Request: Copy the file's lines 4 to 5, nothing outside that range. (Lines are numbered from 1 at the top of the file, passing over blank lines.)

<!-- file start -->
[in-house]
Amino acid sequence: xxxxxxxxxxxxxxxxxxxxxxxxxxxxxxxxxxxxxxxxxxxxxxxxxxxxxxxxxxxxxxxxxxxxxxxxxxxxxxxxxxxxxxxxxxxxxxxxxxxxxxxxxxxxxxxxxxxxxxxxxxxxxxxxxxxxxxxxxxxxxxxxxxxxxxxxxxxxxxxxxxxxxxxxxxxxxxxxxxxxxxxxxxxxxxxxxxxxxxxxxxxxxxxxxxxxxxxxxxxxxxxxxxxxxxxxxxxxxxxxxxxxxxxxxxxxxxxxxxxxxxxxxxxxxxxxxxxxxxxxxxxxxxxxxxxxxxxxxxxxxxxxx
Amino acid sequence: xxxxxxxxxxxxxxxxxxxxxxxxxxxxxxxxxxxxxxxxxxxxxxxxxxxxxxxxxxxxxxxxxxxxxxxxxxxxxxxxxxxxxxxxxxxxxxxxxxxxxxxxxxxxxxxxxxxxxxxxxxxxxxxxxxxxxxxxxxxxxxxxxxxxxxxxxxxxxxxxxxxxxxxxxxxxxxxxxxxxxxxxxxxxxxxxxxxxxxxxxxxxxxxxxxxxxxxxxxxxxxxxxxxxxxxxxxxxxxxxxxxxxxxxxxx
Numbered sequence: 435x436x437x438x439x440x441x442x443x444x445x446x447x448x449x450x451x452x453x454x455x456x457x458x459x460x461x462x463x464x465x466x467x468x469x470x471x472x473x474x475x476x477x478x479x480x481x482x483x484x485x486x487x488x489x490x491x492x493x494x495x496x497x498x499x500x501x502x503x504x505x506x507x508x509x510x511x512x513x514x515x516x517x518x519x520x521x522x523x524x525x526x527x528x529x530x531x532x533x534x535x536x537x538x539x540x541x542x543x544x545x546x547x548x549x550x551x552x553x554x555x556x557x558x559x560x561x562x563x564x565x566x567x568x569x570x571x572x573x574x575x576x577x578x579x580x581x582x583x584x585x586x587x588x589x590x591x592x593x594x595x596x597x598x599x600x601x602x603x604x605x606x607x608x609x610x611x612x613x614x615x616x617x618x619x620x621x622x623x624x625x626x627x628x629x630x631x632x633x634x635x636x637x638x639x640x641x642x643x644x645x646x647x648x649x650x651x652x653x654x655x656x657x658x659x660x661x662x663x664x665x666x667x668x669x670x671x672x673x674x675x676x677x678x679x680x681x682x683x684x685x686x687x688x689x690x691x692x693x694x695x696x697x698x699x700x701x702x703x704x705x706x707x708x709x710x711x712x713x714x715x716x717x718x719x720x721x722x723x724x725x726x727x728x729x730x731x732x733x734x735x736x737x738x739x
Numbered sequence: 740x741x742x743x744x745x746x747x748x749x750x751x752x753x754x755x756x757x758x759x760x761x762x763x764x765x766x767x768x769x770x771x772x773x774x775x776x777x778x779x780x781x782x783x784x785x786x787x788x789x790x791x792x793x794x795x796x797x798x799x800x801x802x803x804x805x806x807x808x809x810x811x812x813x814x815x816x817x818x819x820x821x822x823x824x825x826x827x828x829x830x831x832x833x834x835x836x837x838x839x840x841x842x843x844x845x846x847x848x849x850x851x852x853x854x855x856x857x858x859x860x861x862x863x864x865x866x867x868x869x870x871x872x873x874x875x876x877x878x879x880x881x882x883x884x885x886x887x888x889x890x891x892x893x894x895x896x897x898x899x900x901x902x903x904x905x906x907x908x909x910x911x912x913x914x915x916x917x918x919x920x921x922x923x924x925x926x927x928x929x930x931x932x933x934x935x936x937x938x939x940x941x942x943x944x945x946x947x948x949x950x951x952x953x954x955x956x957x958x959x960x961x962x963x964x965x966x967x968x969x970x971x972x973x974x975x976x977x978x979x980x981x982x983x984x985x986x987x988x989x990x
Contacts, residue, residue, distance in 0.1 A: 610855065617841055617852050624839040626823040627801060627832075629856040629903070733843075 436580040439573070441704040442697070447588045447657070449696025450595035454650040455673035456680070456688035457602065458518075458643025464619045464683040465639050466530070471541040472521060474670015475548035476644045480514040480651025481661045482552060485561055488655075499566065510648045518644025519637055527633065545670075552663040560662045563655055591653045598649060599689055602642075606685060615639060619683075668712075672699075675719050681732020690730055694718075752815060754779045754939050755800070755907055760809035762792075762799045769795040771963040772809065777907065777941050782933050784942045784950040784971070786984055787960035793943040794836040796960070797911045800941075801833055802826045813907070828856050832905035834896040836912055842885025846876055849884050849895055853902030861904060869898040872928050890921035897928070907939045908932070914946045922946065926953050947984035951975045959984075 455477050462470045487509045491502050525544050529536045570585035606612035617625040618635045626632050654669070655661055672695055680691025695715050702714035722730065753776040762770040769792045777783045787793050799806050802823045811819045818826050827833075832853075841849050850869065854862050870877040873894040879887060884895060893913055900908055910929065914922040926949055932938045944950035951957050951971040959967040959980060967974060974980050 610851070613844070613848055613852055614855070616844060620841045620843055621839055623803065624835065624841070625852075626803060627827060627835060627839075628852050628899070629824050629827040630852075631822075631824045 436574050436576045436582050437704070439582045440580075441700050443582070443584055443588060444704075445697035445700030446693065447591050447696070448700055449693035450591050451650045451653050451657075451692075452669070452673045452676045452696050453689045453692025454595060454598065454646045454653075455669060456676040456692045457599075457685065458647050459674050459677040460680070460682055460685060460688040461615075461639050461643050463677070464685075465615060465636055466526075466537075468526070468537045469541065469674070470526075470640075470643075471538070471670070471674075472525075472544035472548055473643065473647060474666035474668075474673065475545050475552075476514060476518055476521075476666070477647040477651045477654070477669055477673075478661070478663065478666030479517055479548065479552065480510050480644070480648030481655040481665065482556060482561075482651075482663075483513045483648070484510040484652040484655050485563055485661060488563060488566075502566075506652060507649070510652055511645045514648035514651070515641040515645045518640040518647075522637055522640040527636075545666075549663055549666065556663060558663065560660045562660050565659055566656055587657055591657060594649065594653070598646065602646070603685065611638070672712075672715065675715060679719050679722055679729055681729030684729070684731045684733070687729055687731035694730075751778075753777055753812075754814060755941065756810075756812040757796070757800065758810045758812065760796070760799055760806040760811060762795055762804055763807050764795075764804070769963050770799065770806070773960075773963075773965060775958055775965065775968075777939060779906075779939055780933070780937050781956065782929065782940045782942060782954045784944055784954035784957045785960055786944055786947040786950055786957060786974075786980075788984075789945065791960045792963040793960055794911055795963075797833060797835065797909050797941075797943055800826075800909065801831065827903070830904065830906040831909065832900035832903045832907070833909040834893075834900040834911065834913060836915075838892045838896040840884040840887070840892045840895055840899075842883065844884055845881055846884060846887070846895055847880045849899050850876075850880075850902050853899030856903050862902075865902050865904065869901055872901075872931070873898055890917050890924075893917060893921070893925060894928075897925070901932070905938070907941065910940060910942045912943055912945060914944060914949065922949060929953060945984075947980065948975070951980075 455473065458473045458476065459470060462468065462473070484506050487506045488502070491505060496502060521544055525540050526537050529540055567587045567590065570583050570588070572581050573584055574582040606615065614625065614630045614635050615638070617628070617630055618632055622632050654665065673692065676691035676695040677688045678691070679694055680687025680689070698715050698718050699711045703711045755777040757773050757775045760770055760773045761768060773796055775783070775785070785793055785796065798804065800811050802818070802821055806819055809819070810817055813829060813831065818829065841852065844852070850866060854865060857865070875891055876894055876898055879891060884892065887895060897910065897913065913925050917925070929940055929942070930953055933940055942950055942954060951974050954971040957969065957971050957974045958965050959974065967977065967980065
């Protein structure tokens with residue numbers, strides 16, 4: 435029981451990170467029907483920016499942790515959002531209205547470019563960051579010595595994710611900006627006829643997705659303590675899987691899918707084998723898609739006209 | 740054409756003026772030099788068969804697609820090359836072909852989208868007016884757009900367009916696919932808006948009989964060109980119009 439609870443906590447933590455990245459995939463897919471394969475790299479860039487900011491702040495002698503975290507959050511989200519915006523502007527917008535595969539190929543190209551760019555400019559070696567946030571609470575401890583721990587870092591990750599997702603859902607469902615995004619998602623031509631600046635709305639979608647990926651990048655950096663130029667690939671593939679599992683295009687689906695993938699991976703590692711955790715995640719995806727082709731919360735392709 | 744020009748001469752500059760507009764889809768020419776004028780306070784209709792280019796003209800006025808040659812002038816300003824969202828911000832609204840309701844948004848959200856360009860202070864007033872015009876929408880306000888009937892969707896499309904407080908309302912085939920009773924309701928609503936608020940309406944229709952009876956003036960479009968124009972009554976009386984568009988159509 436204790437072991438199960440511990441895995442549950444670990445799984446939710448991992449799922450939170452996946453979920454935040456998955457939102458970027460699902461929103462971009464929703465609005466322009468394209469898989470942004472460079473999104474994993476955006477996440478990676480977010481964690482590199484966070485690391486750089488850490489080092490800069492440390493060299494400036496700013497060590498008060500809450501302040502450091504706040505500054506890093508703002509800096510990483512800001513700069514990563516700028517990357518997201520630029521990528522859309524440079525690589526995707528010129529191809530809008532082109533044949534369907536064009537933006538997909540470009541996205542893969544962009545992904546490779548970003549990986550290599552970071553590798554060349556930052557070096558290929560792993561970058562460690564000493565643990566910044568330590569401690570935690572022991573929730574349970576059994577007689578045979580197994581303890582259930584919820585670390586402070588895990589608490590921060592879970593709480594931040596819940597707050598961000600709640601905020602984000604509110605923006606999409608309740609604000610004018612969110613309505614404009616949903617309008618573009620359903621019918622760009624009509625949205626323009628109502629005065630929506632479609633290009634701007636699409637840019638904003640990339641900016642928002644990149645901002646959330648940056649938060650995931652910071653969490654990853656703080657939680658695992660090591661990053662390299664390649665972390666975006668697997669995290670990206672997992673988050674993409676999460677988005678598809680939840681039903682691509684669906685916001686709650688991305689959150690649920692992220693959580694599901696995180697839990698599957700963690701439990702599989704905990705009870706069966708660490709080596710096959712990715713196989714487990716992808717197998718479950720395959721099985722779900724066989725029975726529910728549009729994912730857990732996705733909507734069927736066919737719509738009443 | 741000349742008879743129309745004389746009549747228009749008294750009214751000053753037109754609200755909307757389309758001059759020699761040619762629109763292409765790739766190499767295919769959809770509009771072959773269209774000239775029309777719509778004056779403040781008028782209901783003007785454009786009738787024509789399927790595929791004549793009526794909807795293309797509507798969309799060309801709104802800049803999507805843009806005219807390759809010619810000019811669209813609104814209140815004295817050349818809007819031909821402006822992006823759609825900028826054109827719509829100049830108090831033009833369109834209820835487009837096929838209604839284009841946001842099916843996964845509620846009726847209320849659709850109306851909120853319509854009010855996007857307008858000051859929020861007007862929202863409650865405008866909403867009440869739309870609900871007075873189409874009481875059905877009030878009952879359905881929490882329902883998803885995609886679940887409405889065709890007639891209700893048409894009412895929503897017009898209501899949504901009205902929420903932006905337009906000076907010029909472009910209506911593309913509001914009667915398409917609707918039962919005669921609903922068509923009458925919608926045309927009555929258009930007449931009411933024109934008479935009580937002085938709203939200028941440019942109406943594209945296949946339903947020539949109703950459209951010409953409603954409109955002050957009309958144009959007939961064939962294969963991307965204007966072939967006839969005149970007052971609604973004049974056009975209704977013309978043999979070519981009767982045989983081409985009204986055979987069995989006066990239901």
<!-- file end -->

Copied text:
Numbered sequence: 435x436x437x438x439x440x441x442x443x444x445x446x447x448x449x450x451x452x453x454x455x456x457x458x459x460x461x462x463x464x465x466x467x468x469x470x471x472x473x474x475x476x477x478x479x480x481x482x483x484x485x486x487x488x489x490x491x492x493x494x495x496x497x498x499x500x501x502x503x504x505x506x507x508x509x510x511x512x513x514x515x516x517x518x519x520x521x522x523x524x525x526x527x528x529x530x531x532x533x534x535x536x537x538x539x540x541x542x543x544x545x546x547x548x549x550x551x552x553x554x555x556x557x558x559x560x561x562x563x564x565x566x567x568x569x570x571x572x573x574x575x576x577x578x579x580x581x582x583x584x585x586x587x588x589x590x591x592x593x594x595x596x597x598x599x600x601x602x603x604x605x606x607x608x609x610x611x612x613x614x615x616x617x618x619x620x621x622x623x624x625x626x627x628x629x630x631x632x633x634x635x636x637x638x639x640x641x642x643x644x645x646x647x648x649x650x651x652x653x654x655x656x657x658x659x660x661x662x663x664x665x666x667x668x669x670x671x672x673x674x675x676x677x678x679x680x681x682x683x684x685x686x687x688x689x690x691x692x693x694x695x696x697x698x699x700x701x702x703x704x705x706x707x708x709x710x711x712x713x714x715x716x717x718x719x720x721x722x723x724x725x726x727x728x729x730x731x732x733x734x735x736x737x738x739x
Numbered sequence: 740x741x742x743x744x745x746x747x748x749x750x751x752x753x754x755x756x757x758x759x760x761x762x763x764x765x766x767x768x769x770x771x772x773x774x775x776x777x778x779x780x781x782x783x784x785x786x787x788x789x790x791x792x793x794x795x796x797x798x799x800x801x802x803x804x805x806x807x808x809x810x811x812x813x814x815x816x817x818x819x820x821x822x823x824x825x826x827x828x829x830x831x832x833x834x835x836x837x838x839x840x841x842x843x844x845x846x847x848x849x850x851x852x853x854x855x856x857x858x859x860x861x862x863x864x865x866x867x868x869x870x871x872x873x874x875x876x877x878x879x880x881x882x883x884x885x886x887x888x889x890x891x892x893x894x895x896x897x898x899x900x901x902x903x904x905x906x907x908x909x910x911x912x913x914x915x916x917x918x919x920x921x922x923x924x925x926x927x928x929x930x931x932x933x934x935x936x937x938x939x940x941x942x943x944x945x946x947x948x949x950x951x952x953x954x955x956x957x958x959x960x961x962x963x964x965x966x967x968x969x970x971x972x973x974x975x976x977x978x979x980x981x982x983x984x985x986x987x988x989x990x